Rating: PG-13
Sandra Bullock, George Clooney
Writers: Alfonso Cuaron & Jonas Cuaron
Director: Alfonso Cuaron

Warner Bros.
Release Date:
October 4, 2013

Director/writer Alfonso Cuaron proves two things with GRAVITY. The first is he is one of a tiny band of directors – James Cameron being the patron saint of the group – who is actually use 3D in a manner that is integral rather than a fancy afterthought. In the midst of a terrifying sequence, a piece of metal comes flying off the screen and we’re so immersed in what’s happening that we actually flinch away from the debris. The second is that he and fellow screenwriter Jonas Cuaron can create sweat-producing tension without a villain or monster in sight.

The premise of GRAVITY is simple. When the Earth-orbiting NASA shuttle is fatally damaged, two survivors, mission specialist Dr. Ryan Stone (Sandra Bullock) and mission commander Matt Kowalski (George Clooney), try to make their way to some kind of safety. Since they are in space, this seems well-nigh impossible.

There is a bit of set-up, with Stone and Kowalski doing routine work in their spacesuits on the shuttle’s surface. Kowalski banters with Mission Control (voiced by Ed Harris) and the captain (voiced by Amy Warren), while Stone is a bit more reserved. Then disaster strikes and we are on an inch-by-inch quest for survival.

There are no cutaways to what’s happening back on the ground or any other distractions. This kind of storytelling is very risky, because it’s easy to lose audience attention with one false move – any sense that something is repetitive or unimportant and we’d drift because we’d fear more of the same. Cuaron and his co-writer (and son) Jonas Cuaron, however, fill each moment with peril, dread, anticipation and the unknown, so that we feel as though we’re right there with the characters, holding our collective breath to conserve air. Again, this is one of those rare films when the 3D doesn’t just provide pretty pictures but actually adds to the experience, making us fear objects in the back of the frame as they advance to, and past, the foreground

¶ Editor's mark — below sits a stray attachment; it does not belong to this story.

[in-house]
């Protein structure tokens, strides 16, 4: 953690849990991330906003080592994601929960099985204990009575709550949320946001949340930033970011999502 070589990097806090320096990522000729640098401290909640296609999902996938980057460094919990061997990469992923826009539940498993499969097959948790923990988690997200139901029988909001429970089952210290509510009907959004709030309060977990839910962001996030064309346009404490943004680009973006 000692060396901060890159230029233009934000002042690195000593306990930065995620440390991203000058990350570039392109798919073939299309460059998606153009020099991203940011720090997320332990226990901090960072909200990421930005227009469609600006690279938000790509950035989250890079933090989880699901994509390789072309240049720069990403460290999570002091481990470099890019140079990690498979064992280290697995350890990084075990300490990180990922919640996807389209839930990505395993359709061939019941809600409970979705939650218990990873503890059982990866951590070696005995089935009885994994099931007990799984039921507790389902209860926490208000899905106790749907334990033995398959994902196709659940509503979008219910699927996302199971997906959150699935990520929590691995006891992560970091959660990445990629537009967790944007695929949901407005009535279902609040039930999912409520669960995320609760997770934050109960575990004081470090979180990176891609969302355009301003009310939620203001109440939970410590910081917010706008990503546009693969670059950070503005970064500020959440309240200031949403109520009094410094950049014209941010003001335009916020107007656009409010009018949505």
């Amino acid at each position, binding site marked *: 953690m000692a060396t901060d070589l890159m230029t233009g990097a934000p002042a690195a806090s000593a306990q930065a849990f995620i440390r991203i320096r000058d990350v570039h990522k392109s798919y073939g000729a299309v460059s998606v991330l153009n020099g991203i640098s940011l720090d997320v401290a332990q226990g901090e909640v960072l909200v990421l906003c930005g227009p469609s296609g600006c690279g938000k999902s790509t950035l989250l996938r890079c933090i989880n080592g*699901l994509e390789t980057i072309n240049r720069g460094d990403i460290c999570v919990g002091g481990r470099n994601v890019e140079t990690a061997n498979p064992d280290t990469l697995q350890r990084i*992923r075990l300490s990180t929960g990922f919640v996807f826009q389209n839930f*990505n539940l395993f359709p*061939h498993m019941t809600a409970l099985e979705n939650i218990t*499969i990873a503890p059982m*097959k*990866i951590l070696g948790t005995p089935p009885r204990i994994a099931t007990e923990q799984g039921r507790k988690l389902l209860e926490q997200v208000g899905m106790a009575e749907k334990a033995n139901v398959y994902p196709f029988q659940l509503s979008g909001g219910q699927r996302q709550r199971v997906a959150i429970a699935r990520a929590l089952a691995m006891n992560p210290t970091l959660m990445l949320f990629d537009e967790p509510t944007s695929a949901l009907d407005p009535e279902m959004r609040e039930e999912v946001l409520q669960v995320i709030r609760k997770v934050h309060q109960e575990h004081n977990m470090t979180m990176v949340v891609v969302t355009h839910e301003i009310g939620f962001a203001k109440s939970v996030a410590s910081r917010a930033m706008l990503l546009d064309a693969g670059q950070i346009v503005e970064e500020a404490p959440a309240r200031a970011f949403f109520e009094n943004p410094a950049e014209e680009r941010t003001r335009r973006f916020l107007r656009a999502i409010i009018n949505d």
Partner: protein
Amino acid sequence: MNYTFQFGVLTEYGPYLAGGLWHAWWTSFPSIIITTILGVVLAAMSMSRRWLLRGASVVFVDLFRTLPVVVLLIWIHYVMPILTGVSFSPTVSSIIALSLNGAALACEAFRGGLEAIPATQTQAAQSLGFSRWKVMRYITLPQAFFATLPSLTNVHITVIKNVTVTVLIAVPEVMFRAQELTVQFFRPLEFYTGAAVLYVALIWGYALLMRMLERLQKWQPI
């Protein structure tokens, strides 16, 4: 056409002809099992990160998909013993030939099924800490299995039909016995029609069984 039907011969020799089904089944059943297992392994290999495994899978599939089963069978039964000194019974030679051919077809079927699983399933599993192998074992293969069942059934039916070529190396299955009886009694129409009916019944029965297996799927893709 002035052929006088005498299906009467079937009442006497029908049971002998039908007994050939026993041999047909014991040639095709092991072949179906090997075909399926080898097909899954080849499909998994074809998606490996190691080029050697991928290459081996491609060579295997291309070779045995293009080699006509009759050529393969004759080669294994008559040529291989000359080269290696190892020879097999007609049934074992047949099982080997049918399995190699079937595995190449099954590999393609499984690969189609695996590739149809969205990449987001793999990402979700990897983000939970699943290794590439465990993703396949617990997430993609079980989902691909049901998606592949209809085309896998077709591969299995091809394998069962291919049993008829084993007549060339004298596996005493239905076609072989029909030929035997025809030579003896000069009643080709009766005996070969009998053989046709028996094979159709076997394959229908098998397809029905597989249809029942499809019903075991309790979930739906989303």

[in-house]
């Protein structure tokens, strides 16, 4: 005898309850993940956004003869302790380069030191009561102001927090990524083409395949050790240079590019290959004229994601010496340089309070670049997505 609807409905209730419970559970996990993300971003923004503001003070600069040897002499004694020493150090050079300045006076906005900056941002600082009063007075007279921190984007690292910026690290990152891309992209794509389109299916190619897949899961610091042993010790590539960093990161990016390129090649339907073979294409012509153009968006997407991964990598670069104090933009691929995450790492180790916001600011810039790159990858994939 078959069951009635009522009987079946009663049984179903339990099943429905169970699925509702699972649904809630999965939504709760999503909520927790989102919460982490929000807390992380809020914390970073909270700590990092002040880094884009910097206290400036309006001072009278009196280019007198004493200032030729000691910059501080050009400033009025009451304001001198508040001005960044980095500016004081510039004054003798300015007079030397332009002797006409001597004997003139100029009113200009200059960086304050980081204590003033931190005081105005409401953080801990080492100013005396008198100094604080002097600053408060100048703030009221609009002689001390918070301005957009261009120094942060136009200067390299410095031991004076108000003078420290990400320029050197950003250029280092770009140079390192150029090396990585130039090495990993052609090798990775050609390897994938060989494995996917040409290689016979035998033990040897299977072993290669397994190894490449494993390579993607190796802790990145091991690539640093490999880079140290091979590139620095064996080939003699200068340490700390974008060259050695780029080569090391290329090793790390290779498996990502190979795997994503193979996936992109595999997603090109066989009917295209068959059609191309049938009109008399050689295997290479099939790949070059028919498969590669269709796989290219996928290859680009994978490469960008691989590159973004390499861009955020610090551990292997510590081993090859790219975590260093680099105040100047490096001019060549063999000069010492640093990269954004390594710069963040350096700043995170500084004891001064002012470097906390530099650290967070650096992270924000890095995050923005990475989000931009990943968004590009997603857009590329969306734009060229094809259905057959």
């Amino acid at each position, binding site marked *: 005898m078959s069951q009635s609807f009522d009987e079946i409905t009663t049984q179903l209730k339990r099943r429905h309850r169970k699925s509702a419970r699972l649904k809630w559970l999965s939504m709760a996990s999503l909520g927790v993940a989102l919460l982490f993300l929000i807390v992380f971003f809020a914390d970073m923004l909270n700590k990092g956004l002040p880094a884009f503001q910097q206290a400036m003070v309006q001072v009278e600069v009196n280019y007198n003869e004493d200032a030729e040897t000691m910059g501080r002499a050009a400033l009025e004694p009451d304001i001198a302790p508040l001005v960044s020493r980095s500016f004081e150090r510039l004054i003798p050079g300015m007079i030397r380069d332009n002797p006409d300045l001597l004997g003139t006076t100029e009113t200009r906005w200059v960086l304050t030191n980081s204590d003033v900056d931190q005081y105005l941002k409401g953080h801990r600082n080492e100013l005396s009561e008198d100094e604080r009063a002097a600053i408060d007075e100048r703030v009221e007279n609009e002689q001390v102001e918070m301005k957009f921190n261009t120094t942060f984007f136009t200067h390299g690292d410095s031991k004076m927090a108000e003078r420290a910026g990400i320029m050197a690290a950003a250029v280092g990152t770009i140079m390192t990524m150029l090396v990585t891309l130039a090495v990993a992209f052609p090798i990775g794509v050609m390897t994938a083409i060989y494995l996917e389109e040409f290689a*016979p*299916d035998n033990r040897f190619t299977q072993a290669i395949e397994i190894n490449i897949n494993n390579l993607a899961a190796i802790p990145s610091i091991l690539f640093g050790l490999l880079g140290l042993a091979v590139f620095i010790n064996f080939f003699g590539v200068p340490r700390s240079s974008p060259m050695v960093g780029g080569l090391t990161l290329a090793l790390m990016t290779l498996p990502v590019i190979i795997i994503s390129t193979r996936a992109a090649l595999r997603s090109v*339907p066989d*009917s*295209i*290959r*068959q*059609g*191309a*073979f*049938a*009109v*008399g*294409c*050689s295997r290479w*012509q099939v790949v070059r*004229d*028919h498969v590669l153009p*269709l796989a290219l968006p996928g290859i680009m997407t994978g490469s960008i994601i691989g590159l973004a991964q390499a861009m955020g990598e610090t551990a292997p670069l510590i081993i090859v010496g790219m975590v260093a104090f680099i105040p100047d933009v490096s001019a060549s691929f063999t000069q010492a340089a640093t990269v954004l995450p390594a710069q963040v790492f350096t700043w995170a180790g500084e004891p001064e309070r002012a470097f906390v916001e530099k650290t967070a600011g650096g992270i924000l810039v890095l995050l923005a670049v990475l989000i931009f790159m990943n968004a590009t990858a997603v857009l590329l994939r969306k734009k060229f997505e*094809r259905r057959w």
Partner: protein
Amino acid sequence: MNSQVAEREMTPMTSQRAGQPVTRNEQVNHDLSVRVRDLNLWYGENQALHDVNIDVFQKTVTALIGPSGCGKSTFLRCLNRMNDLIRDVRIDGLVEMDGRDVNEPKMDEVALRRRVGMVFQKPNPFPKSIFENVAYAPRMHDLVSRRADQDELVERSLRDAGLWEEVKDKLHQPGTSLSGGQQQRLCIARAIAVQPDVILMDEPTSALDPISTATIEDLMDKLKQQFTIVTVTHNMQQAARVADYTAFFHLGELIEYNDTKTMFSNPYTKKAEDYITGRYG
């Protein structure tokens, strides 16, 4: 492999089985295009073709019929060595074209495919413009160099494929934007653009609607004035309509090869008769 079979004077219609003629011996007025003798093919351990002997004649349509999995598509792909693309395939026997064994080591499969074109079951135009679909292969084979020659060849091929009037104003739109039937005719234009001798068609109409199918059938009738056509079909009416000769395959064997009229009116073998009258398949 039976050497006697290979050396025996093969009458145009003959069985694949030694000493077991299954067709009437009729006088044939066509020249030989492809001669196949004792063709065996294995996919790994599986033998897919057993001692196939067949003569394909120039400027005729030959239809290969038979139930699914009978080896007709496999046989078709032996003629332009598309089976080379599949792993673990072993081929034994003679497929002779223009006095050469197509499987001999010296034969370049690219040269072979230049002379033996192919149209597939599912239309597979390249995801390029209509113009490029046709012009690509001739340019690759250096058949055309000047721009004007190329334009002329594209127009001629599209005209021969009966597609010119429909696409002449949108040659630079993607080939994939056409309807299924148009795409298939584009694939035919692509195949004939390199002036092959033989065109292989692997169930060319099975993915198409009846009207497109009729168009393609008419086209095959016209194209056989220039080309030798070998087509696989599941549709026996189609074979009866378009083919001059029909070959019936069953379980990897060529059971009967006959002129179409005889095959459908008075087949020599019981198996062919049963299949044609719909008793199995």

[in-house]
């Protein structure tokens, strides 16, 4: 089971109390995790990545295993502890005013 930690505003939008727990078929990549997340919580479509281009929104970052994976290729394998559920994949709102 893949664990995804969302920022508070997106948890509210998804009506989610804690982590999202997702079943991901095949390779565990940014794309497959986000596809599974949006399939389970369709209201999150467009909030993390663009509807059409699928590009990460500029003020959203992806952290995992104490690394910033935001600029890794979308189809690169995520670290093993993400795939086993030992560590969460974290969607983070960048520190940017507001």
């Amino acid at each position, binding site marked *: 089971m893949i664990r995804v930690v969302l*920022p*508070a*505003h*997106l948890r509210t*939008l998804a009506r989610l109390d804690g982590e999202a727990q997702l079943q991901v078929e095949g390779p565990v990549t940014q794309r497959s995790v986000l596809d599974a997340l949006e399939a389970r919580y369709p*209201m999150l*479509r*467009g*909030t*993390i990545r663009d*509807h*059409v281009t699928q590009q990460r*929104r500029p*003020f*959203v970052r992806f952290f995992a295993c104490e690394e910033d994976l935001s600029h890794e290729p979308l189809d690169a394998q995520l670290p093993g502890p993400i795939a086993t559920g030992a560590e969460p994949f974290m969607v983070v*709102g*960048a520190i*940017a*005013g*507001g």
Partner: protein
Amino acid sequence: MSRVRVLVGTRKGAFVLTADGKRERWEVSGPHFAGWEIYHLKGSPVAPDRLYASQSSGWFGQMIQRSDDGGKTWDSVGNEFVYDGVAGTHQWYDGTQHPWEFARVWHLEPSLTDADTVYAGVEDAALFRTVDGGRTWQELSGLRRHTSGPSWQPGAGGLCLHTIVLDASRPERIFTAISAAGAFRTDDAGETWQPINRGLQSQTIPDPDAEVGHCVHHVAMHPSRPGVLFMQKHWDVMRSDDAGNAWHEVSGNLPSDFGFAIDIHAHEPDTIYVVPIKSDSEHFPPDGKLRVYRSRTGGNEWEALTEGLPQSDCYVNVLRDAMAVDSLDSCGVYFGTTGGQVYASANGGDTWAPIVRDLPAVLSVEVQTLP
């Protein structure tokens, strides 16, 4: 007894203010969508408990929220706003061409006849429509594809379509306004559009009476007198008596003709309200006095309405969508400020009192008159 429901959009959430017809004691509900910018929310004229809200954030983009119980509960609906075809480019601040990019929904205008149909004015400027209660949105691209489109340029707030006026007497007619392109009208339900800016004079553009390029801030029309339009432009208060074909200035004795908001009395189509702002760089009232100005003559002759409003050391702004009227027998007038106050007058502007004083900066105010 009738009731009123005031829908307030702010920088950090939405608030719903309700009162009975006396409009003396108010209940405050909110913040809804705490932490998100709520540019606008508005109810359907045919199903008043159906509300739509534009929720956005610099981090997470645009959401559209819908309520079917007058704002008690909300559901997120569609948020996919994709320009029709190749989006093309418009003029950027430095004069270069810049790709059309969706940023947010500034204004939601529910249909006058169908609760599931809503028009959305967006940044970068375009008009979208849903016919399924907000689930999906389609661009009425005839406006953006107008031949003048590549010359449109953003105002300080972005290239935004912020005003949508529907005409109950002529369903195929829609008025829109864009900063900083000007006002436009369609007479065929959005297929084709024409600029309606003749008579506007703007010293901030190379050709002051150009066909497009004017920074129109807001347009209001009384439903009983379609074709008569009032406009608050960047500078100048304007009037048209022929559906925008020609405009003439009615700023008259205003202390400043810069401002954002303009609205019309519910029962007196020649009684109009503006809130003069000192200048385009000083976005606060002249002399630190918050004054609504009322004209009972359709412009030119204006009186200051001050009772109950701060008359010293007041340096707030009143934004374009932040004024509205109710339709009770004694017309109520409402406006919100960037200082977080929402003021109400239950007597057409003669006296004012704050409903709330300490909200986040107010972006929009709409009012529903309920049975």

Bullock delivers a beautifully calibrated performance, maintaining an underlying core of her familiar warmth but giving us a very tamped-down, controlled woman who wakes up to herself during the course of the film’s events. Clooney makes Kowalski the kind of solid, decent human being we’d all like to have on hand during a crisis. As for the choice of Ed Harris as the voice of Mission Control, after THE RIGHT STUFF and APOLLO 13, really, who else could it be?

By the time GRAVITY concludes at the end of its ninety minutes, we are exhausted. The filmmakers have convinced us that we are part of what we are witnessing, making for one of the most tense and intense movies imaginable.

Related: Interview with GRAVITY composer Steven Price


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Article: Movie Review – GRAVITY

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